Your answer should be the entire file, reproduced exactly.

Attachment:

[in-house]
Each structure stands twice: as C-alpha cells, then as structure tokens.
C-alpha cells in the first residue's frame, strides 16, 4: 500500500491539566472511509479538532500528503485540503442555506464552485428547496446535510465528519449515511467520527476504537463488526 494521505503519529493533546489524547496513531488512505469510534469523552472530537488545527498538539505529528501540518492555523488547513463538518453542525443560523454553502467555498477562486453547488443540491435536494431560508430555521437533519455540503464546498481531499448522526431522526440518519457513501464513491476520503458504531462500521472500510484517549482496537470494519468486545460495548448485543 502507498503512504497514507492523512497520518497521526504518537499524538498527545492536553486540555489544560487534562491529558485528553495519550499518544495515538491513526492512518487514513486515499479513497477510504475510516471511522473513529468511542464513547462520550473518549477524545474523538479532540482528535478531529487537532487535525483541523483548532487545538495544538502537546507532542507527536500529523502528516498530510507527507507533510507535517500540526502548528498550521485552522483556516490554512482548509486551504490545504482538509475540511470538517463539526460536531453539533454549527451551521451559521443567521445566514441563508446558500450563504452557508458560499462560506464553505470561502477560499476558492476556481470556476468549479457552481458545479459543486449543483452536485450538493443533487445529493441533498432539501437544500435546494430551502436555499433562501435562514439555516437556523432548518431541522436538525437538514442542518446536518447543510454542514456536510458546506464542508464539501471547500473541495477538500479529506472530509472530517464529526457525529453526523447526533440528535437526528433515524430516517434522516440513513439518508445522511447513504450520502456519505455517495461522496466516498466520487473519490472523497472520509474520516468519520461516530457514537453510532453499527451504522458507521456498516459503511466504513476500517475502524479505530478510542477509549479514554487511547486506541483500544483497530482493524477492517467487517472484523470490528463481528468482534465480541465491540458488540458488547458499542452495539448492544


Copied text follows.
[in-house]
Each structure stands twice: as C-alpha cells, then as structure tokens.
C-alpha cells in the first residue's frame, strides 16, 4: 500500500491539566472511509479538532500528503485540503442555506464552485428547496446535510465528519449515511467520527476504537463488526 494521505503519529493533546489524547496513531488512505469510534469523552472530537488545527498538539505529528501540518492555523488547513463538518453542525443560523454553502467555498477562486453547488443540491435536494431560508430555521437533519455540503464546498481531499448522526431522526440518519457513501464513491476520503458504531462500521472500510484517549482496537470494519468486545460495548448485543 502507498503512504497514507492523512497520518497521526504518537499524538498527545492536553486540555489544560487534562491529558485528553495519550499518544495515538491513526492512518487514513486515499479513497477510504475510516471511522473513529468511542464513547462520550473518549477524545474523538479532540482528535478531529487537532487535525483541523483548532487545538495544538502537546507532542507527536500529523502528516498530510507527507507533510507535517500540526502548528498550521485552522483556516490554512482548509486551504490545504482538509475540511470538517463539526460536531453539533454549527451551521451559521443567521445566514441563508446558500450563504452557508458560499462560506464553505470561502477560499476558492476556481470556476468549479457552481458545479459543486449543483452536485450538493443533487445529493441533498432539501437544500435546494430551502436555499433562501435562514439555516437556523432548518431541522436538525437538514442542518446536518447543510454542514456536510458546506464542508464539501471547500473541495477538500479529506472530509472530517464529526457525529453526523447526533440528535437526528433515524430516517434522516440513513439518508445522511447513504450520502456519505455517495461522496466516498466520487473519490472523497472520509474520516468519520461516530457514537453510532453499527451504522458507521456498516459503511466504513476500517475502524479505530478510542477509549479514554487511547486506541483500544483497530482493524477492517467487517472484523470490528463481528468482534465480541465491540458488540458488547458499542452495539448492544